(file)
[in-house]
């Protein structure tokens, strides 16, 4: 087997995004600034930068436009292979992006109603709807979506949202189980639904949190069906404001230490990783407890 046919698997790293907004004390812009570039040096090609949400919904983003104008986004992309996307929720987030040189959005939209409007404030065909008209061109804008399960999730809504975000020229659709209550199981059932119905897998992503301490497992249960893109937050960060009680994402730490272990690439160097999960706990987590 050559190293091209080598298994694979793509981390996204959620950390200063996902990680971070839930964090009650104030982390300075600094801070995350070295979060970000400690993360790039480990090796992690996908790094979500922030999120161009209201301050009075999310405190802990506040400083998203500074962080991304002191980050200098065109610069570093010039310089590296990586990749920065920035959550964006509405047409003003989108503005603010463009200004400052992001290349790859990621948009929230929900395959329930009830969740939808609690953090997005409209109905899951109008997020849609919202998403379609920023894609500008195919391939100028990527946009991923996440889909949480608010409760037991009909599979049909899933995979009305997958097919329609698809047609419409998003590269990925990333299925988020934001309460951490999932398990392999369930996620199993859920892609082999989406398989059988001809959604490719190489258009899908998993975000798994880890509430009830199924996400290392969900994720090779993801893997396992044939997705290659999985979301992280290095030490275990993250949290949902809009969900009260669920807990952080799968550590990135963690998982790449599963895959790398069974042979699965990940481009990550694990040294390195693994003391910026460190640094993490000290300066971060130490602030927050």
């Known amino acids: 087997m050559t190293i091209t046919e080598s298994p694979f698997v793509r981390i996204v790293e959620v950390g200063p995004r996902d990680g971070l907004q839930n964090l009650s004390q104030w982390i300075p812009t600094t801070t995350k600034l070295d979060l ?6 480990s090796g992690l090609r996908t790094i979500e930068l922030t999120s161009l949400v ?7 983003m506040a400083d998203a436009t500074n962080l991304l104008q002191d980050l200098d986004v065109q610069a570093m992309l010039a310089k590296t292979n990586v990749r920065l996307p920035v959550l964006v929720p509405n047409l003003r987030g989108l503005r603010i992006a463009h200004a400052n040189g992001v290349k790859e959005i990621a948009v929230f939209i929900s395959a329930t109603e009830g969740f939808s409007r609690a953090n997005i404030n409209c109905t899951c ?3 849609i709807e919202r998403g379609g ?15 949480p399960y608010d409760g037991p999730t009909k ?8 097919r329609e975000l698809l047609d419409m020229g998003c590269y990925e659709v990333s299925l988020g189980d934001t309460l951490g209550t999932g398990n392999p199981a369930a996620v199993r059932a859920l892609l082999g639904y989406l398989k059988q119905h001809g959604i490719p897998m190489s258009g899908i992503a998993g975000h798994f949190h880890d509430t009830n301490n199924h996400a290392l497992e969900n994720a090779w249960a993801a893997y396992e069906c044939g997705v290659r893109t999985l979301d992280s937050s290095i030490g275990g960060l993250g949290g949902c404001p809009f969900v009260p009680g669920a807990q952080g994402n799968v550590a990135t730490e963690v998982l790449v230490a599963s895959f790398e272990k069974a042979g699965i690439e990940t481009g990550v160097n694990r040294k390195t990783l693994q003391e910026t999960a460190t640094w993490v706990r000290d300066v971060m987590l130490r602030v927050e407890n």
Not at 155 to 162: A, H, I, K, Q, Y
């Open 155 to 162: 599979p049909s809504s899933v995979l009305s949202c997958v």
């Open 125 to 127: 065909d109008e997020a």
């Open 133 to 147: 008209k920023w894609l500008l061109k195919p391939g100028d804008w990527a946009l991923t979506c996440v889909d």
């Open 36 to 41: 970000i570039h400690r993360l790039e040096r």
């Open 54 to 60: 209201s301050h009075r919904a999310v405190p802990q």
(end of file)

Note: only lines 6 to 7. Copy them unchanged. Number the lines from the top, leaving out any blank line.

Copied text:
């Open 125 to 127: 065909d109008e997020a």
């Open 133 to 147: 008209k920023w894609l500008l061109k195919p391939g100028d804008w990527a946009l991923t979506c996440v889909d």